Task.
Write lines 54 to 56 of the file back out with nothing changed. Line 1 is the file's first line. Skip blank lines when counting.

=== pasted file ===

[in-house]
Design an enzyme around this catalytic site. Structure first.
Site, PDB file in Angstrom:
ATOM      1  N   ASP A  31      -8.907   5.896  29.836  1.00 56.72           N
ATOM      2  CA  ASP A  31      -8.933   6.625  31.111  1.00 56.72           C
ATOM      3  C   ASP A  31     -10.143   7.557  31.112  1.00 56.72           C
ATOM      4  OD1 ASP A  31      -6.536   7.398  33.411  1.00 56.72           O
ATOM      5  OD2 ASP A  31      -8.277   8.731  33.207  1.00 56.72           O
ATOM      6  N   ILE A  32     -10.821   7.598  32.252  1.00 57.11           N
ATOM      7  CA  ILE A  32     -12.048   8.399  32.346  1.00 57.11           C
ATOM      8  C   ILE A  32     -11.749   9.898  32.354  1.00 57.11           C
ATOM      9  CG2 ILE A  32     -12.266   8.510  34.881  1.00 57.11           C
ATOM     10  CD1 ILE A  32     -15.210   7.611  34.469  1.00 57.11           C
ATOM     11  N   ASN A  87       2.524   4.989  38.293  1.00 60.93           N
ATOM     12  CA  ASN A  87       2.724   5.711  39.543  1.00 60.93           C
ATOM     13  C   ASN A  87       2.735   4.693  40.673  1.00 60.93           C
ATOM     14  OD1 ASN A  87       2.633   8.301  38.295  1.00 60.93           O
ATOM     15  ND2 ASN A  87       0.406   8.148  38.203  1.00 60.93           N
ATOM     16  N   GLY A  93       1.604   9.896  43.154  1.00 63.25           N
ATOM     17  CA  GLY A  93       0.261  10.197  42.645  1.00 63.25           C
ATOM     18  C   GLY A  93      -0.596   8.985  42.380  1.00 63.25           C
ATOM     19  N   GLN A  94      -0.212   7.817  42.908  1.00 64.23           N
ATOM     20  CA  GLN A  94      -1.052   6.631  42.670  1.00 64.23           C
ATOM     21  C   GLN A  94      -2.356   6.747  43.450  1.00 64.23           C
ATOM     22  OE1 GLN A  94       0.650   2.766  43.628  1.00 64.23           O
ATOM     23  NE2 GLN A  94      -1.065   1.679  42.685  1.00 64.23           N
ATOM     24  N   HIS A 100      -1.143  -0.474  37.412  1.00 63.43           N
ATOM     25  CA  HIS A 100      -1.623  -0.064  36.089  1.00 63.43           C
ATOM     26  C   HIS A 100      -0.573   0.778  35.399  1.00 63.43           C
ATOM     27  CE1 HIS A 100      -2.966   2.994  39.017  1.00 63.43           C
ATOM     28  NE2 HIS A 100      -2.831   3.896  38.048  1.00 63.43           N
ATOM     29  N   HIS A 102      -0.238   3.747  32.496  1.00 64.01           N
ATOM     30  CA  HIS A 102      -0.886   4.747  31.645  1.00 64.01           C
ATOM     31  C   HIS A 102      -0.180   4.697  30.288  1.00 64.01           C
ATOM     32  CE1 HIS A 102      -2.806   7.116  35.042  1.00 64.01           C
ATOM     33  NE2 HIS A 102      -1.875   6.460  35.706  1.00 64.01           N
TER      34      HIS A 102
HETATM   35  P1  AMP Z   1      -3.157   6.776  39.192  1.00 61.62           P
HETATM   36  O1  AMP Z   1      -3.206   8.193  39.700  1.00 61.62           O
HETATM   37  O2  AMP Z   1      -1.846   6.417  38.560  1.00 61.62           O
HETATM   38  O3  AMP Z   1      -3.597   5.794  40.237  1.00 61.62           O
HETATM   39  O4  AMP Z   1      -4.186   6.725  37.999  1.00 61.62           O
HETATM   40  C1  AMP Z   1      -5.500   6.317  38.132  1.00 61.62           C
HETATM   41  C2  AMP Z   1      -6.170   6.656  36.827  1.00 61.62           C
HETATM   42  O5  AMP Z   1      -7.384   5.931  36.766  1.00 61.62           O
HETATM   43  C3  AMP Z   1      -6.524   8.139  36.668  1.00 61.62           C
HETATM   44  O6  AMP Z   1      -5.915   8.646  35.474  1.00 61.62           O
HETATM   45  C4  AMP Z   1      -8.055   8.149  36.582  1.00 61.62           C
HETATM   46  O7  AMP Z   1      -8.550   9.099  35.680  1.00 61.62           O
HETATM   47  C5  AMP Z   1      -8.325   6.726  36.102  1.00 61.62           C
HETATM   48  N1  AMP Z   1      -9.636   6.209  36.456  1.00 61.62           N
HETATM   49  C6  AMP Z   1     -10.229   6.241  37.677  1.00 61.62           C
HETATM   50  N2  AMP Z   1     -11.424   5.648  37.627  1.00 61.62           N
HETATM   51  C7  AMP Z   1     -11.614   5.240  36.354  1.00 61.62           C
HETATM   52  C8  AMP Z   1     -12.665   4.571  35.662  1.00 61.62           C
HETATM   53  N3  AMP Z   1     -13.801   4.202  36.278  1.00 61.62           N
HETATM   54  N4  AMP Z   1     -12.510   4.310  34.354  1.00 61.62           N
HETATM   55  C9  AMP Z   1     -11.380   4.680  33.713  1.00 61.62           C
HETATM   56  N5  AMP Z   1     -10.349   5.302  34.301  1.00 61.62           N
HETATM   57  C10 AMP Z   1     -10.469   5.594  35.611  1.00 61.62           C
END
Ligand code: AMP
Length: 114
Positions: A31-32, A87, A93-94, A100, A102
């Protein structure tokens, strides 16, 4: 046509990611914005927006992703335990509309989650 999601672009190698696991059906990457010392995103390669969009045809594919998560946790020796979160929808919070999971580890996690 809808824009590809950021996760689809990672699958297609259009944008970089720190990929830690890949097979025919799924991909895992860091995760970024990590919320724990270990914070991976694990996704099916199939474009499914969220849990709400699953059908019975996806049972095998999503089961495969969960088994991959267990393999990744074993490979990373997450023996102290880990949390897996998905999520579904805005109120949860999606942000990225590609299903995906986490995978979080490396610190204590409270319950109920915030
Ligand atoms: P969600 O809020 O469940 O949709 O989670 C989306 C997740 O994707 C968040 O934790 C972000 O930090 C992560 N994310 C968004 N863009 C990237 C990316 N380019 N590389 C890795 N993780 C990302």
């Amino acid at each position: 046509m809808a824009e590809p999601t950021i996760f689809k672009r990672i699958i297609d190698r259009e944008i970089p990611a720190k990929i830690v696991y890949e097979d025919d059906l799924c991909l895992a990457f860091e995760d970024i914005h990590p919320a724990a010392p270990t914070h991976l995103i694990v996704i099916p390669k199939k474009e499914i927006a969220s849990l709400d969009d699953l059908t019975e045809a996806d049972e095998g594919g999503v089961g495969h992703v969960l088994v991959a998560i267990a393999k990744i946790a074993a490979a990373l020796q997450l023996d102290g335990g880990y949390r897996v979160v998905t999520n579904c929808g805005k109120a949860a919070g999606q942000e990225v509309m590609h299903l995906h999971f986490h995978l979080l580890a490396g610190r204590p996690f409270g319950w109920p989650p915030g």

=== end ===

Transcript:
HETATM   51  C7  AMP Z   1     -11.614   5.240  36.354  1.00 61.62           C
HETATM   52  C8  AMP Z   1     -12.665   4.571  35.662  1.00 61.62           C
HETATM   53  N3  AMP Z   1     -13.801   4.202  36.278  1.00 61.62           N